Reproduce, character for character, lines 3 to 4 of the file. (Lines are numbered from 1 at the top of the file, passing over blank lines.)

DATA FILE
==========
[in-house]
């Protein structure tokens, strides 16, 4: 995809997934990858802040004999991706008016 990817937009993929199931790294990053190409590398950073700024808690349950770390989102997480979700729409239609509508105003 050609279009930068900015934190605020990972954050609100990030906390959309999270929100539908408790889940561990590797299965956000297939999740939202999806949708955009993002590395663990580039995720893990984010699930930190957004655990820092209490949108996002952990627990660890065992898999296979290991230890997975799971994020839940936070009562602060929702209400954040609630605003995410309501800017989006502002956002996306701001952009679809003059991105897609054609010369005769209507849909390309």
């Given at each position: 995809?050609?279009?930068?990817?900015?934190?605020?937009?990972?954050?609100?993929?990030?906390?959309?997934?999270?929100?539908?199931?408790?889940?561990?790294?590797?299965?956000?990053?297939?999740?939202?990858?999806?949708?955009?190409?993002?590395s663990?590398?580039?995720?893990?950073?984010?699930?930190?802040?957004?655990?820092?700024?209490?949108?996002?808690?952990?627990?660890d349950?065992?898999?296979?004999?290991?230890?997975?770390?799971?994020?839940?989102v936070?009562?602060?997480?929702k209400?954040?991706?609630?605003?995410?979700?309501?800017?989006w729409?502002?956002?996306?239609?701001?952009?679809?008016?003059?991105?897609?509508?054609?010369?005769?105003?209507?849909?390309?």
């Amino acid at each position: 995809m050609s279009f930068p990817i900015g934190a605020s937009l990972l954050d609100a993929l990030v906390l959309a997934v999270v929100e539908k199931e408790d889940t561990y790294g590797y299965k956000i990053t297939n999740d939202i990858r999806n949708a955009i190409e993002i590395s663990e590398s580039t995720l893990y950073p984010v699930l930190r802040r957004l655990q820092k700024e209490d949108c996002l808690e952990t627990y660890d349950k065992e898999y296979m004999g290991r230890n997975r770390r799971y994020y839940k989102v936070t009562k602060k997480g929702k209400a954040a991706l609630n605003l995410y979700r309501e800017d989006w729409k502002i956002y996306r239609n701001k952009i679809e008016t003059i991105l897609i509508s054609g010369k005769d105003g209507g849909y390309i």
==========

């Given at each position: 995809?050609?279009?930068?990817?900015?934190?605020?937009?990972?954050?609100?993929?990030?906390?959309?997934?999270?929100?539908?199931?408790?889940?561990?790294?590797?299965?956000?990053?297939?999740?939202?990858?999806?949708?955009?190409?993002?590395s663990?590398?580039?995720?893990?950073?984010?699930?930190?802040?957004?655990?820092?700024?209490?949108?996002?808690?952990?627990?660890d349950?065992?898999?296979?004999?290991?230890?997975?770390?799971?994020?839940?989102v936070?009562?602060?997480?929702k209400?954040?991706?609630?605003?995410?979700?309501?800017?989006w729409?502002?956002?996306?239609?701001?952009?679809?008016?003059?991105?897609?509508?054609?010369?005769?105003?209507?849909?390309?």
């Amino acid at each position: 995809m050609s279009f930068p990817i900015g934190a605020s937009l990972l954050d609100a993929l990030v906390l959309a997934v999270v929100e539908k199931e408790d889940t561990y790294g590797y299965k956000i990053t297939n999740d939202i990858r999806n949708a955009i190409e993002i590395s663990e590398s580039t995720l893990y950073p984010v699930l930190r802040r957004l655990q820092k700024e209490d949108c996002l808690e952990t627990y660890d349950k065992e898999y296979m004999g290991r230890n997975r770390r799971y994020y839940k989102v936070t009562k602060k997480g929702k209400a954040a991706l609630n605003l995410y979700r309501e800017d989006w729409k502002i956002y996306r239609n701001k952009i679809e008016t003059i991105l897609i509508s054609g010369k005769d105003g209507g849909y390309i």